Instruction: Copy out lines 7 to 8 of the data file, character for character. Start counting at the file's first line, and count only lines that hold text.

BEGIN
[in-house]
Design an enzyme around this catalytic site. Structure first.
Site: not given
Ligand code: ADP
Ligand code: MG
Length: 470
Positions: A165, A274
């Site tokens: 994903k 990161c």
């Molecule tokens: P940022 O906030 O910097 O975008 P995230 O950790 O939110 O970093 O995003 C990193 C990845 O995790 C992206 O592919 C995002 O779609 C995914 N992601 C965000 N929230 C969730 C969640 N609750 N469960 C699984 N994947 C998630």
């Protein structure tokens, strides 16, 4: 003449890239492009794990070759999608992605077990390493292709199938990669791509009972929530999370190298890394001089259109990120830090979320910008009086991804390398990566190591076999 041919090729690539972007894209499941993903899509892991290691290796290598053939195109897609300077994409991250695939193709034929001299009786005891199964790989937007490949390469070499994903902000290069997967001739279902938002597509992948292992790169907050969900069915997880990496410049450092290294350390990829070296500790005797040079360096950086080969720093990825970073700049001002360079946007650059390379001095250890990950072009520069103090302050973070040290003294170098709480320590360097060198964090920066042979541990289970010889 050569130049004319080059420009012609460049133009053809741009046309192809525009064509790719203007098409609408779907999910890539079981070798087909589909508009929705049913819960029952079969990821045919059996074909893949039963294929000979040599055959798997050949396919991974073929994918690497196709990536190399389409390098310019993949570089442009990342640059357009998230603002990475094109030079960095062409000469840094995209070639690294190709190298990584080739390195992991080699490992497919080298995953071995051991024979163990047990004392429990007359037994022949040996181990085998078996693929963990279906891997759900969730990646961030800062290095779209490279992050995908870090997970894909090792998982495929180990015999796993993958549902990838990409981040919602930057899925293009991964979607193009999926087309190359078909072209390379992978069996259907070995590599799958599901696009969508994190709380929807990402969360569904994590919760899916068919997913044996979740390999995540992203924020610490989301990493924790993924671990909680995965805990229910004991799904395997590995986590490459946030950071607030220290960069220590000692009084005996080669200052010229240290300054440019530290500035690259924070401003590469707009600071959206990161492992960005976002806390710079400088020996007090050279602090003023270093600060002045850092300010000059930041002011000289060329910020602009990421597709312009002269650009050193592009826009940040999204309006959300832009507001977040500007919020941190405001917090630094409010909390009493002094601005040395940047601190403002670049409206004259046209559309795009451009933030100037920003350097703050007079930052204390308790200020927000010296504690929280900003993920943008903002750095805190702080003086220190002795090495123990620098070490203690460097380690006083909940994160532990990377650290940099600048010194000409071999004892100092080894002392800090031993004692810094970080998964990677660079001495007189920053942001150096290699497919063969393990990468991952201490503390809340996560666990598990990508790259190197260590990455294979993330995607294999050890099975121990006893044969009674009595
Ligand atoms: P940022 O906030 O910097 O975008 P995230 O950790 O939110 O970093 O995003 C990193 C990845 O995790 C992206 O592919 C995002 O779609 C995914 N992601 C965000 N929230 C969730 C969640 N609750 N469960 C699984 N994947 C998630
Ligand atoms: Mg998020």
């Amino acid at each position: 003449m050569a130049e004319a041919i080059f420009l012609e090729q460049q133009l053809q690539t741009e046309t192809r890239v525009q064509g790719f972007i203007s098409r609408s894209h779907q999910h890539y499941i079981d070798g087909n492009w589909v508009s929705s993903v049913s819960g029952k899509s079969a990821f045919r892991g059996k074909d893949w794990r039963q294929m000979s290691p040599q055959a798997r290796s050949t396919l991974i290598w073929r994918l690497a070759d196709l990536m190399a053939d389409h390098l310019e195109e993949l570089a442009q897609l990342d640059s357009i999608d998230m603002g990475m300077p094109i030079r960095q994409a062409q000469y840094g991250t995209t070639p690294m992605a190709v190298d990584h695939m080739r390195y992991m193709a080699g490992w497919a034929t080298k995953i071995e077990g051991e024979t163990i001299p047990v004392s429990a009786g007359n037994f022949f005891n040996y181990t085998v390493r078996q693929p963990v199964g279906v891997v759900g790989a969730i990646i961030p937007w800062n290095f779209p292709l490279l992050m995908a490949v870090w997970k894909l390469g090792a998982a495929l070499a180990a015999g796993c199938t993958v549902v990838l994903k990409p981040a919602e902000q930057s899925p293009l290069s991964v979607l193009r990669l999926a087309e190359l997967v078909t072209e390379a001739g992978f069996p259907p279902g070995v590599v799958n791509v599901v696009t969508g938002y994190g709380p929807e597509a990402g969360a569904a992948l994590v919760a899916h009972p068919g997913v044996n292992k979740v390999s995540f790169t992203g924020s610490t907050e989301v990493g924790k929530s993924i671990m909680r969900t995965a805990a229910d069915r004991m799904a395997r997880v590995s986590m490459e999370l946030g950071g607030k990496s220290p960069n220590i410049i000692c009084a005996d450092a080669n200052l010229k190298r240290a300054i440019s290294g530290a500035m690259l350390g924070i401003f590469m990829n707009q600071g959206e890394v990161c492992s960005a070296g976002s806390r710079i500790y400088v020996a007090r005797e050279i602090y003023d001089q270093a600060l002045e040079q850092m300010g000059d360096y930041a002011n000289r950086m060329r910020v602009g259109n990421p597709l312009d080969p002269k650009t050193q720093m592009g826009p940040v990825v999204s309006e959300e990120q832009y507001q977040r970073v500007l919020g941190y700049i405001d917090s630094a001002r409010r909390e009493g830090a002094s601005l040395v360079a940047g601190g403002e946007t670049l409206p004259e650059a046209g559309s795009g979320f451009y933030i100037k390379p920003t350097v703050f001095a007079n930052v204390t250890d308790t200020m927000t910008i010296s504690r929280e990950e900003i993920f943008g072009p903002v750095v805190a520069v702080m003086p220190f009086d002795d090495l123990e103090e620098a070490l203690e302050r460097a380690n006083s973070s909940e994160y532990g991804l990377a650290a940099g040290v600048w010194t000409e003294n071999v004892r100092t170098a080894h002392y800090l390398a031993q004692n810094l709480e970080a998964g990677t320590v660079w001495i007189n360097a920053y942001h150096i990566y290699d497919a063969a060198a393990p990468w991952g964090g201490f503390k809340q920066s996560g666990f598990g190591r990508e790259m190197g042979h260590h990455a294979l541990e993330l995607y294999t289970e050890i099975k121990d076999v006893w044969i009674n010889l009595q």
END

Positions: A165, A274
């Site tokens: 994903k 990161c």